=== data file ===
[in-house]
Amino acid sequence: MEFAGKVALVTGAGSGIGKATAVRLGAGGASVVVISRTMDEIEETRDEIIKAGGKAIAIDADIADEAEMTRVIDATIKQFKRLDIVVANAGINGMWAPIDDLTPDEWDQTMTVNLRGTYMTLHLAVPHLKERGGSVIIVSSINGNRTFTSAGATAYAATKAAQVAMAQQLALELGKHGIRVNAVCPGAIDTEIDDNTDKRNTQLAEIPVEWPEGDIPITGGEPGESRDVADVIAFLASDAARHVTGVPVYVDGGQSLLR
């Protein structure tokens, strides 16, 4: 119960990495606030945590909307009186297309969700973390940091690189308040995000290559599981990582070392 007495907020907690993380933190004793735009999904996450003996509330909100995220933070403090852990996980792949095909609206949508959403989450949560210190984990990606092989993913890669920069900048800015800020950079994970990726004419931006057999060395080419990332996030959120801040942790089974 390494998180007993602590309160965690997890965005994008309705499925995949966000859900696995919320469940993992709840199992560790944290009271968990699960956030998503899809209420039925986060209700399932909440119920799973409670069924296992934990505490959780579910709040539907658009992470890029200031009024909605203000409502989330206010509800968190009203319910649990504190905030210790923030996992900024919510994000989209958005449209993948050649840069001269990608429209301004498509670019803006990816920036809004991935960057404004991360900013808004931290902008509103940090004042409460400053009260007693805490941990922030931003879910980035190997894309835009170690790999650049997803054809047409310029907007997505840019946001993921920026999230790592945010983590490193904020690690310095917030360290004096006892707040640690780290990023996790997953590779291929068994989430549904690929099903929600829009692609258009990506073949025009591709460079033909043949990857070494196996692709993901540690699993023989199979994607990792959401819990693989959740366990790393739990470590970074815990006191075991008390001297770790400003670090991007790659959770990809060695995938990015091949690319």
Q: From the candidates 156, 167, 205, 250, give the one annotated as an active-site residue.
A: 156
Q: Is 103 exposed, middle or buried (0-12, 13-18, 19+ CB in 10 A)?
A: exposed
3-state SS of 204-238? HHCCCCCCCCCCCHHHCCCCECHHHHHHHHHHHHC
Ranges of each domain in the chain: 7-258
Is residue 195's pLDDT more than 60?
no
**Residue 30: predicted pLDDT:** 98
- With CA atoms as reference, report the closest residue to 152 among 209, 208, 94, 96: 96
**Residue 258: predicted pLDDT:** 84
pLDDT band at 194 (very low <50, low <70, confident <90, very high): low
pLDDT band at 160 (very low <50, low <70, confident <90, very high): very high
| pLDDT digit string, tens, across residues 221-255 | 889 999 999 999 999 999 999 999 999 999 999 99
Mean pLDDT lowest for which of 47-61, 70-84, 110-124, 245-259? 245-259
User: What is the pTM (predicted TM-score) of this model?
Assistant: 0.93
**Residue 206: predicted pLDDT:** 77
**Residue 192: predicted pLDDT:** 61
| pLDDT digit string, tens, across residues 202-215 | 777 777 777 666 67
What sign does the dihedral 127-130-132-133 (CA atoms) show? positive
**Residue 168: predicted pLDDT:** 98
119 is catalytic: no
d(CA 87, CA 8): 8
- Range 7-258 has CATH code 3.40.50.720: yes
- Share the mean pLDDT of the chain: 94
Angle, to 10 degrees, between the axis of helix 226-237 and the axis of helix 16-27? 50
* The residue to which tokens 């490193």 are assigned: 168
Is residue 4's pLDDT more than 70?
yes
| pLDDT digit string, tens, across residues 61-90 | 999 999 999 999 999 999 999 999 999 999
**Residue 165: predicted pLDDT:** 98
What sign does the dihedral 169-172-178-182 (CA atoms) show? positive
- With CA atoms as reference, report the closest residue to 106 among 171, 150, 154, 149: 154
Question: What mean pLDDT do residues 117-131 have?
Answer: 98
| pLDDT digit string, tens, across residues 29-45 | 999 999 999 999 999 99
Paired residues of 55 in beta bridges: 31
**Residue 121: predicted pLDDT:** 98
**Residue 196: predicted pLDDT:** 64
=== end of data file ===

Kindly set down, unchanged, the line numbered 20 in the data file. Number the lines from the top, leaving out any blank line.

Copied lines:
Assistant: 0.93